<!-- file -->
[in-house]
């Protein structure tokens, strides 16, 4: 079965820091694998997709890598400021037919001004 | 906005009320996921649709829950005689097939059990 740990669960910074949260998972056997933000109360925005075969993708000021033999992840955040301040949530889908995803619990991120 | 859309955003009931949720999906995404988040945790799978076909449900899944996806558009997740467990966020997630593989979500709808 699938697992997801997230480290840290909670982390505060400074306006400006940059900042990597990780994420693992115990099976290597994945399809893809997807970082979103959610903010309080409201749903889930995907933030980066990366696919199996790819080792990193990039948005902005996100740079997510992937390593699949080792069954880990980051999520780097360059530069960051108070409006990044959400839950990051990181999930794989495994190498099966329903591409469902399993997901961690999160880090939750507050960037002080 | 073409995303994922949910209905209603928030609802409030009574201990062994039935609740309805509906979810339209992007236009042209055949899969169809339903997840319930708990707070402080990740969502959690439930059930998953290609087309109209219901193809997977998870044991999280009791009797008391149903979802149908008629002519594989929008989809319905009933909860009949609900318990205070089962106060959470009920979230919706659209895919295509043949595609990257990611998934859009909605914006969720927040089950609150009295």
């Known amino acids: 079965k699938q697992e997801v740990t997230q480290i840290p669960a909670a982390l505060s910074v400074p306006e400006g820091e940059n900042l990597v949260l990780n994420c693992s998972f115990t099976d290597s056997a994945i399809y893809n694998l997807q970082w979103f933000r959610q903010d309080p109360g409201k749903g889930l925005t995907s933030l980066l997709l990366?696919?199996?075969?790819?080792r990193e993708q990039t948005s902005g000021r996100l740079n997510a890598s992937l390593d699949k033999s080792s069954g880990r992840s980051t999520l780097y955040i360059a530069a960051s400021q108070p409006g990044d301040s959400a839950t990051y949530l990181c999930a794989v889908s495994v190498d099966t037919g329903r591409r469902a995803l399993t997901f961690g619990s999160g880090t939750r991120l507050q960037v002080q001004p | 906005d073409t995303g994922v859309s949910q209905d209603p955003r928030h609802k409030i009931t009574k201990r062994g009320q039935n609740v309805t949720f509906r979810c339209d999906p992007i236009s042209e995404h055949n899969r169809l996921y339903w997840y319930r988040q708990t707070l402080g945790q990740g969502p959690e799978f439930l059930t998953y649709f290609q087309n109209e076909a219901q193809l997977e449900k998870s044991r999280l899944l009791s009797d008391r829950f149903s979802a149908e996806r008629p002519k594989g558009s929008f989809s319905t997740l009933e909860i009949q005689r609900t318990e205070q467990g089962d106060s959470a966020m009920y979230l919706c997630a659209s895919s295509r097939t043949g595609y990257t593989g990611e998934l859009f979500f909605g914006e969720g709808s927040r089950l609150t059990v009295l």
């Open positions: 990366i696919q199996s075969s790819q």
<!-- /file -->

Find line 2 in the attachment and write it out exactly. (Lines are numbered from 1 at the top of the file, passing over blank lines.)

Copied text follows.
């Protein structure tokens, strides 16, 4: 079965820091694998997709890598400021037919001004 | 906005009320996921649709829950005689097939059990 740990669960910074949260998972056997933000109360925005075969993708000021033999992840955040301040949530889908995803619990991120 | 859309955003009931949720999906995404988040945790799978076909449900899944996806558009997740467990966020997630593989979500709808 699938697992997801997230480290840290909670982390505060400074306006400006940059900042990597990780994420693992115990099976290597994945399809893809997807970082979103959610903010309080409201749903889930995907933030980066990366696919199996790819080792990193990039948005902005996100740079997510992937390593699949080792069954880990980051999520780097360059530069960051108070409006990044959400839950990051990181999930794989495994190498099966329903591409469902399993997901961690999160880090939750507050960037002080 | 073409995303994922949910209905209603928030609802409030009574201990062994039935609740309805509906979810339209992007236009042209055949899969169809339903997840319930708990707070402080990740969502959690439930059930998953290609087309109209219901193809997977998870044991999280009791009797008391149903979802149908008629002519594989929008989809319905009933909860009949609900318990205070089962106060959470009920979230919706659209895919295509043949595609990257990611998934859009909605914006969720927040089950609150009295």